“In our opinion currency is going to remain under pressure because surplus money is not going to chase emerging markets and that is why it is difficult for us to expect a steep appreciation in the long run,” said Chouhan.
Vijayakumar sternly notes that discipline is the key to fiscal sanity. “The sliding rupee is likely to be a short term phenomenon. If some sanity is restored in the crisis ridden Euro land, the situation will improve and risk appetite will return,” he said. This would attract lot of capital flows to emerging markets like India.
“However, if the European political leadership fails to manage the crisis, the consequence will be a catastrophe with disastrous consequences. That will, God forbid, violently disrupt the global financial system. Let us hope for the best,” was the ominous warning from Geojot BNP Paribas’ Dr V K Vijayakumar.
A recently conducted a survey of companies by Brokerage firm Emkay on the effects of a sliding rupee reveals that “of the 160 companies that they surveyed no less than 76 would be impacted by the sliding rupee,” although that includes both companies that would benefit as well as those who would be hit. “Amongst obvious gainers is Information Technology with large export revenues in dollar terms. Other sectors gaining from depreciation of the rupee are Metals; realization largely in dollar terms and FMCG; largely translation gains owing to international operations.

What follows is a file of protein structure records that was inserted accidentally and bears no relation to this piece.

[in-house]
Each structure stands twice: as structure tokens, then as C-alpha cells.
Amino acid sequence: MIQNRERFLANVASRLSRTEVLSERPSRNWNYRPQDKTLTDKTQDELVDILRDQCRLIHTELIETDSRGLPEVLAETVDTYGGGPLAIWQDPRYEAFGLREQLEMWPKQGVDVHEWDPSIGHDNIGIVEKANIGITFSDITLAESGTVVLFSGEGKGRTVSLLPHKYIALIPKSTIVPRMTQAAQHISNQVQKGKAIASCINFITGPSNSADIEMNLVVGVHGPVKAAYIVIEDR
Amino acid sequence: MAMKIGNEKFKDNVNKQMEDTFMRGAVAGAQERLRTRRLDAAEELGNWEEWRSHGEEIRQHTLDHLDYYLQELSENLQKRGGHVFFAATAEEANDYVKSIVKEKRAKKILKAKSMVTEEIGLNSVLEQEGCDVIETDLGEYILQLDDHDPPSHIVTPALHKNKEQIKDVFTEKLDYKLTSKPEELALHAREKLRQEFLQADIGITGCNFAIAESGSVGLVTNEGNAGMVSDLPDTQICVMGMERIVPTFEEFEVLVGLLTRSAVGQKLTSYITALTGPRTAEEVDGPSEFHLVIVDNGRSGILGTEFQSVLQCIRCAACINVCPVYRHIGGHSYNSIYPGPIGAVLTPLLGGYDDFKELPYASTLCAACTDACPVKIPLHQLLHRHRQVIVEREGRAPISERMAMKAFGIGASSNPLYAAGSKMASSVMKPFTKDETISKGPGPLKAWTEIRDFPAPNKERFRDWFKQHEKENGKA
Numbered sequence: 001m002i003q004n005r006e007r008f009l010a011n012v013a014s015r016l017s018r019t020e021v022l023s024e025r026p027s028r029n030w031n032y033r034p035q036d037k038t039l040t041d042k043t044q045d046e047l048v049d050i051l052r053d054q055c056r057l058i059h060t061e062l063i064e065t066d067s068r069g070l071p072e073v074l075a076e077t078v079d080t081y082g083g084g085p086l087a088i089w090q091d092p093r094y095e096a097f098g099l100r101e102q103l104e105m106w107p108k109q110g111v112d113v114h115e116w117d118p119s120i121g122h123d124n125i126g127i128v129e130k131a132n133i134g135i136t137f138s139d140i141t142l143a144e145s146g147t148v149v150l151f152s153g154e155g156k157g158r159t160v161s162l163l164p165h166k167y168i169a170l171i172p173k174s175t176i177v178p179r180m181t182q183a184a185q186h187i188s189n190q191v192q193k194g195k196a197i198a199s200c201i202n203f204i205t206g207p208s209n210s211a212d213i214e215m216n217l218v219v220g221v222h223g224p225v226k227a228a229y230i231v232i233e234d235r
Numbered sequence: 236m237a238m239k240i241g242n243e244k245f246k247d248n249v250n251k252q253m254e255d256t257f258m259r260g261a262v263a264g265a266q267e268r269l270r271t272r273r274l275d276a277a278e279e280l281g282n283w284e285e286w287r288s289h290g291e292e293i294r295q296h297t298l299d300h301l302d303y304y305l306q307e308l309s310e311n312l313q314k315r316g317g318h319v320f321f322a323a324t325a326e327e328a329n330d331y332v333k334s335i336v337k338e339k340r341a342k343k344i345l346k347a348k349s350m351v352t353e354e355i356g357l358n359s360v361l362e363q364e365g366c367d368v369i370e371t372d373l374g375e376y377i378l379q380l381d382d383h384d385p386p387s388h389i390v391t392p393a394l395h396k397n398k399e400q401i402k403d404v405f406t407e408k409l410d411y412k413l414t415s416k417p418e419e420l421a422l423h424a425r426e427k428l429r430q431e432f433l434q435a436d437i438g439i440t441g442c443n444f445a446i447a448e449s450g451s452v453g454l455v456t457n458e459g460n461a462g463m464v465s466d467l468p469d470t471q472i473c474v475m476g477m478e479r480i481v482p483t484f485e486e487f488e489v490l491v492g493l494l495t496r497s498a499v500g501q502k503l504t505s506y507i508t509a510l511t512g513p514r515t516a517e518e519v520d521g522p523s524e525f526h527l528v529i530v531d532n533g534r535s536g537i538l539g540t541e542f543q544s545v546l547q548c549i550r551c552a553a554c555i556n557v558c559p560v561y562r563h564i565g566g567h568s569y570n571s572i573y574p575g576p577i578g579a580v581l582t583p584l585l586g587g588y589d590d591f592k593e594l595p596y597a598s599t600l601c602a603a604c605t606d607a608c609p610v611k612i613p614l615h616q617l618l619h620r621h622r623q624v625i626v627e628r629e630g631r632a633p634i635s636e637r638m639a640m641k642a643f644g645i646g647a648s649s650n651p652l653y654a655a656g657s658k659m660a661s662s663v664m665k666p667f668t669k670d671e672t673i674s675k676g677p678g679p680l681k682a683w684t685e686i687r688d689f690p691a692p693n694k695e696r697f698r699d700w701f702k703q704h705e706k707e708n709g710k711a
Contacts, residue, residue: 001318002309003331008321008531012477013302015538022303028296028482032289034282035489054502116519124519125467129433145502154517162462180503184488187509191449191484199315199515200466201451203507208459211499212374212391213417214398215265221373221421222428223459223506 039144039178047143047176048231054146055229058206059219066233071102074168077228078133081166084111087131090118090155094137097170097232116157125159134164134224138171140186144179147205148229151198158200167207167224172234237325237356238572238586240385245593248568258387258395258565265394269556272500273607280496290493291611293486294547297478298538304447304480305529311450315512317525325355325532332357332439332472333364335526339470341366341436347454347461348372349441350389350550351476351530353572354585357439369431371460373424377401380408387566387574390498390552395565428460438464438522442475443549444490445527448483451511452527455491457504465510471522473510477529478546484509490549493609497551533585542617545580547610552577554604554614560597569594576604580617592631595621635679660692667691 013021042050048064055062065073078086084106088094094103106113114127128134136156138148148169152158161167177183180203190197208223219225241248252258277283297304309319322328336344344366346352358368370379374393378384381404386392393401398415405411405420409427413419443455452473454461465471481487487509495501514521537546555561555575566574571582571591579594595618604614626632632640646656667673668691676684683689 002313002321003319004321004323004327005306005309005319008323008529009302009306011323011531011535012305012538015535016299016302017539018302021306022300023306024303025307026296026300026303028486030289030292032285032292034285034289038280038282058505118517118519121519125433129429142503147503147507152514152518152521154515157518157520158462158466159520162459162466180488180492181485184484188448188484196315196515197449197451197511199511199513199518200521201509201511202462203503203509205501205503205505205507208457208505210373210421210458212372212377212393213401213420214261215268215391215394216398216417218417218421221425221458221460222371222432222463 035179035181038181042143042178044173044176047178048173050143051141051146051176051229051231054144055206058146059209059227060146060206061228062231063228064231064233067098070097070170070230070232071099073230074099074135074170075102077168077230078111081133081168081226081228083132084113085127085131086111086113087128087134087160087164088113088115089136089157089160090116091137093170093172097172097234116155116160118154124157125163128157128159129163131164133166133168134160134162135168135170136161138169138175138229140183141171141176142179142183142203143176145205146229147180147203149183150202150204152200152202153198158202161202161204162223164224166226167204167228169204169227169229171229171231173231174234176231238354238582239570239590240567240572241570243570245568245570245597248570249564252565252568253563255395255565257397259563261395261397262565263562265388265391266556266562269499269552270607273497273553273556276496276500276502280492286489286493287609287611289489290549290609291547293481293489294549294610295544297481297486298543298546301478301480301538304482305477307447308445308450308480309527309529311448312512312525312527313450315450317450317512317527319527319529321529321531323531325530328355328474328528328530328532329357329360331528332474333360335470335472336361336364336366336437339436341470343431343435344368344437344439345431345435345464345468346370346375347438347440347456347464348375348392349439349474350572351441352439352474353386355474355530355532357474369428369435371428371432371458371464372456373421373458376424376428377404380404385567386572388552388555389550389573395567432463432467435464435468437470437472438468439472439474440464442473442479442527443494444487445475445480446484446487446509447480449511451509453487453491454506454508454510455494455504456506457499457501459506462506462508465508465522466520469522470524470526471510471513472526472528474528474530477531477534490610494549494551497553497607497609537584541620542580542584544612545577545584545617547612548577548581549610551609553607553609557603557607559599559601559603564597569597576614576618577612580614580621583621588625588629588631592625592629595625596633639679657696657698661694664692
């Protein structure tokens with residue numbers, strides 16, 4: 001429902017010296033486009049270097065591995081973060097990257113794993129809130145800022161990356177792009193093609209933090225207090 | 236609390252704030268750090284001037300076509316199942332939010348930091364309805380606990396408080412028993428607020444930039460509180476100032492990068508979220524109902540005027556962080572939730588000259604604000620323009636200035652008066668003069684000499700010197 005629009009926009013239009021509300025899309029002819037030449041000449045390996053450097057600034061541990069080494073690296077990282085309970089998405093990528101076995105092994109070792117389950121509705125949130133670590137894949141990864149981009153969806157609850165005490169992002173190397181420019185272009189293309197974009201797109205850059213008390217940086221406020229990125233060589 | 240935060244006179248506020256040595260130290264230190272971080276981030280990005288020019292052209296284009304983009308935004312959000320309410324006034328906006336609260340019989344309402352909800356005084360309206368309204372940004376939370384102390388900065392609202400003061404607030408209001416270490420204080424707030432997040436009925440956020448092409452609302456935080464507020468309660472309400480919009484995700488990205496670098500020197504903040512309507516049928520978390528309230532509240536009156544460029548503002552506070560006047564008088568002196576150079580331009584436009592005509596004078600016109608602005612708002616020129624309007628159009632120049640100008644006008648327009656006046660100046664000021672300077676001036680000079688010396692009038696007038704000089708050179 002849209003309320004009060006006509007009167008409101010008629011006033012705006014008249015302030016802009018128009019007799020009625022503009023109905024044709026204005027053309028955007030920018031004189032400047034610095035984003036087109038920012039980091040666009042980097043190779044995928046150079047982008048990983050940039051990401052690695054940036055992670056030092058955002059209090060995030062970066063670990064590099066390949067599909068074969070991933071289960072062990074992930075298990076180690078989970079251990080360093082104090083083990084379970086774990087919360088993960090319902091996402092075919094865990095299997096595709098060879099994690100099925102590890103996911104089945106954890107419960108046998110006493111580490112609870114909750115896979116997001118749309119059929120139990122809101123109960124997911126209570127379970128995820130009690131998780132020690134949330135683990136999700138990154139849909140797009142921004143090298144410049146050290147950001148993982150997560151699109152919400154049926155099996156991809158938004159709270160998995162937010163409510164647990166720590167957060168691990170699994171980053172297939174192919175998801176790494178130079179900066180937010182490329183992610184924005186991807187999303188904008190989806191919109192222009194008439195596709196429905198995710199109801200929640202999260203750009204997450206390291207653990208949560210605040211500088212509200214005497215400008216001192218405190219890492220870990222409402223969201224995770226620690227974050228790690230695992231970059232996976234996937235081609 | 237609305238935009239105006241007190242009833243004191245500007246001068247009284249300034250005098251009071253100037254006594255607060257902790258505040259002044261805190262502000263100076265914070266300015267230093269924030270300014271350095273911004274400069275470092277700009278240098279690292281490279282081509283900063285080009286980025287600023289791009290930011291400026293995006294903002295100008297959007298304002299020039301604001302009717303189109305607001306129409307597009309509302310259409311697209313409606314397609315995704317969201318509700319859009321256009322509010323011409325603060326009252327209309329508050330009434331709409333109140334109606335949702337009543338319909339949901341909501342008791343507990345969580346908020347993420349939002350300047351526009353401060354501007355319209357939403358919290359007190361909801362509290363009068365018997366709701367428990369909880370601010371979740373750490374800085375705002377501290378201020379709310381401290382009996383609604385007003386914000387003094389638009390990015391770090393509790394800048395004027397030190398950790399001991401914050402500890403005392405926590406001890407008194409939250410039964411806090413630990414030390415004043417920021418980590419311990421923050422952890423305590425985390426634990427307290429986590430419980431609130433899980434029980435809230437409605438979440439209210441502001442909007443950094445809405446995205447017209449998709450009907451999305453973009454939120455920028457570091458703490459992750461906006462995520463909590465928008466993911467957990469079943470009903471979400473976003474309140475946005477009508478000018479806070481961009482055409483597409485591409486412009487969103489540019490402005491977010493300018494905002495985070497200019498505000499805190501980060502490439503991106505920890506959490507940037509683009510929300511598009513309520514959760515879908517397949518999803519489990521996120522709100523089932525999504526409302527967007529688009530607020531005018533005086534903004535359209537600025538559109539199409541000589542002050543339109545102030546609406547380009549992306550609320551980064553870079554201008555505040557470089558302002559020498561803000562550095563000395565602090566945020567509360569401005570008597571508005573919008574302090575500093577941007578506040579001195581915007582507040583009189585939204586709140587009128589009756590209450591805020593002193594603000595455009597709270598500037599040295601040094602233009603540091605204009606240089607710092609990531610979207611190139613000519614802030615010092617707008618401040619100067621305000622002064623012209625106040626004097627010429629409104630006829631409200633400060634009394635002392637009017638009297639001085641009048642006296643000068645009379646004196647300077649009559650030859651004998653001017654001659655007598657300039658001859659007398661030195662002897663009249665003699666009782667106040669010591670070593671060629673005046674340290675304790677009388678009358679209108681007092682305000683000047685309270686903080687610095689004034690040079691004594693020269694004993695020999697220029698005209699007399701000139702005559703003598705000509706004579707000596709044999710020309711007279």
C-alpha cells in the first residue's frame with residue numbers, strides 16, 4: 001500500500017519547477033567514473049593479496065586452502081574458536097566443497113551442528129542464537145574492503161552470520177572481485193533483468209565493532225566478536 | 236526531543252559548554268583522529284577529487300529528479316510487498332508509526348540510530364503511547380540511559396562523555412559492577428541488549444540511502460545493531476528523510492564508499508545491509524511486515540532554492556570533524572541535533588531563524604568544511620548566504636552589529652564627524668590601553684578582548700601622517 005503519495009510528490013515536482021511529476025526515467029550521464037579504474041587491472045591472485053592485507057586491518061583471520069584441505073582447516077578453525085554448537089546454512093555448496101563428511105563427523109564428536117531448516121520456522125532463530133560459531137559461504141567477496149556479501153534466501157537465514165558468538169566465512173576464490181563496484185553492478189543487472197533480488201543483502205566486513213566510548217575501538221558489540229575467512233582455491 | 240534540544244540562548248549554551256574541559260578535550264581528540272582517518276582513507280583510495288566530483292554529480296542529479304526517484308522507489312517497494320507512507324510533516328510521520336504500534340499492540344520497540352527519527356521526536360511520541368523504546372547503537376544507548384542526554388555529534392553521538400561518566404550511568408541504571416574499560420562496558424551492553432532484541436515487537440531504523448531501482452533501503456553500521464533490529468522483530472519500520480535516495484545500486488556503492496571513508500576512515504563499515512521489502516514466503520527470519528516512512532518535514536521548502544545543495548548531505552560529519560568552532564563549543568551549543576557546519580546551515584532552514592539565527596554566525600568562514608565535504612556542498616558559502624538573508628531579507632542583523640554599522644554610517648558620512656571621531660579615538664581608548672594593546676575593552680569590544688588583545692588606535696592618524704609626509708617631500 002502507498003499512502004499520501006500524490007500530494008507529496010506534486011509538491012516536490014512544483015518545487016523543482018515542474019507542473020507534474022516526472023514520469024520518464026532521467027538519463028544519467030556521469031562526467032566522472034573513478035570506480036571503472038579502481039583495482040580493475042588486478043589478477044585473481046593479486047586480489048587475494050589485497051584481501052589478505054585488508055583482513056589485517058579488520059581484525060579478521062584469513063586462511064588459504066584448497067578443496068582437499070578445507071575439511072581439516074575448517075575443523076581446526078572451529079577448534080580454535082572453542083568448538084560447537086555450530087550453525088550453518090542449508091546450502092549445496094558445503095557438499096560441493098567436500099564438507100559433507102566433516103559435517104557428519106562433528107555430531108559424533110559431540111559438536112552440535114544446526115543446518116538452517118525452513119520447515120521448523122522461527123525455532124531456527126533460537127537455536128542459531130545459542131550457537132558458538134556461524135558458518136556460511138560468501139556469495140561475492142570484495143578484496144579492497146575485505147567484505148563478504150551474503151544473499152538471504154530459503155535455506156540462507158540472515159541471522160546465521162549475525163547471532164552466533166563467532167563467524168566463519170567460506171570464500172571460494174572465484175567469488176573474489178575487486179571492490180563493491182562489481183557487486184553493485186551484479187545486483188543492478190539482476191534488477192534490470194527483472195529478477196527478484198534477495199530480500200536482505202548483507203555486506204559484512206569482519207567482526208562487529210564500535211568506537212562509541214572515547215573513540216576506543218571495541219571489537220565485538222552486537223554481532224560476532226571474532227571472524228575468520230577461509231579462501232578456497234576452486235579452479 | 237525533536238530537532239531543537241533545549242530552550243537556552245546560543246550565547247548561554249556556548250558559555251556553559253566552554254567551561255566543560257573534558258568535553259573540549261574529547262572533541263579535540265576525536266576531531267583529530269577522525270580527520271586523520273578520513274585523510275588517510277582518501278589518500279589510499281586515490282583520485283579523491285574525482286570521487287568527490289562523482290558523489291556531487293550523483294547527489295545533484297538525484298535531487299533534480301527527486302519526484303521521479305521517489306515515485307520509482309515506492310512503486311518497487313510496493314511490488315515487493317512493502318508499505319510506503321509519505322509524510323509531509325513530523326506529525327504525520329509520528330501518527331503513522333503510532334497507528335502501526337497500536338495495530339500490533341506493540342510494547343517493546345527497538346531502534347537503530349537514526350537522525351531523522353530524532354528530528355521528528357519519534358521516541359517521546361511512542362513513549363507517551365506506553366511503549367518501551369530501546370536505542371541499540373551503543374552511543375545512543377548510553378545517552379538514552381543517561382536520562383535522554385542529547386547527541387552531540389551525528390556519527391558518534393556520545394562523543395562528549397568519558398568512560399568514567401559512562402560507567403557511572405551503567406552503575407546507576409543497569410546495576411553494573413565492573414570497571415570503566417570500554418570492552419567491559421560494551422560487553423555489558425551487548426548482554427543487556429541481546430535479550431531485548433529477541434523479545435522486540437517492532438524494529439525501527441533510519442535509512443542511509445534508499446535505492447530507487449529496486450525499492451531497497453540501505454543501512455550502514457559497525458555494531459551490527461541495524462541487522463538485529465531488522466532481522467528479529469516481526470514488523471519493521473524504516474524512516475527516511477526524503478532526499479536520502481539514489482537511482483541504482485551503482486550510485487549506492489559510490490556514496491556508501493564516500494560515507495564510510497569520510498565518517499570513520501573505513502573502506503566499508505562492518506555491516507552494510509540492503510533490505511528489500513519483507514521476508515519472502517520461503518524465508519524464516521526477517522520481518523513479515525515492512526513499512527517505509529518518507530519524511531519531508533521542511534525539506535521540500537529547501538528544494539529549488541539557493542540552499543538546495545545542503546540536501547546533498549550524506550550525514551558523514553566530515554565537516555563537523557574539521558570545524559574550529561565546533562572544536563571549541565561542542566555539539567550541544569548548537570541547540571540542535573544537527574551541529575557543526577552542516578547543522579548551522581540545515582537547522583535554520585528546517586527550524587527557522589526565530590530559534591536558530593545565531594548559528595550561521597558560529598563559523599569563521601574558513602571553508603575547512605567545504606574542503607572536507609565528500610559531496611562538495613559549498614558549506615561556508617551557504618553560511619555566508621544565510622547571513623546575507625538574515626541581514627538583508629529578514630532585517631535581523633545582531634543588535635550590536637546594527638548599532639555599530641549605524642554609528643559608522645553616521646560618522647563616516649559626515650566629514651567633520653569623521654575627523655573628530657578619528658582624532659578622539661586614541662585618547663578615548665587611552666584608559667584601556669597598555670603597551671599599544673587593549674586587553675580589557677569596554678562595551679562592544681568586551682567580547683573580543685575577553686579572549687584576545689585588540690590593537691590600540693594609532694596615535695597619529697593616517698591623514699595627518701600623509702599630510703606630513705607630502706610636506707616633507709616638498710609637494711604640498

The sectors experiencing negative impact are auto; being a net importer, cement; exposure to imported fuel, capital goods; being net importer and utilities; exposure to imported fuel and foreign currency loans.
There is some good news about the depreciating rupee on the commodity front however. India is a net importer of commodities and in normal circumstances, a depreciating rupee becomes a problem as it increases the import bills of India Inc. But in the current scenario where the fall in rupee corresponds with lower commodity prices, the impact is very minimal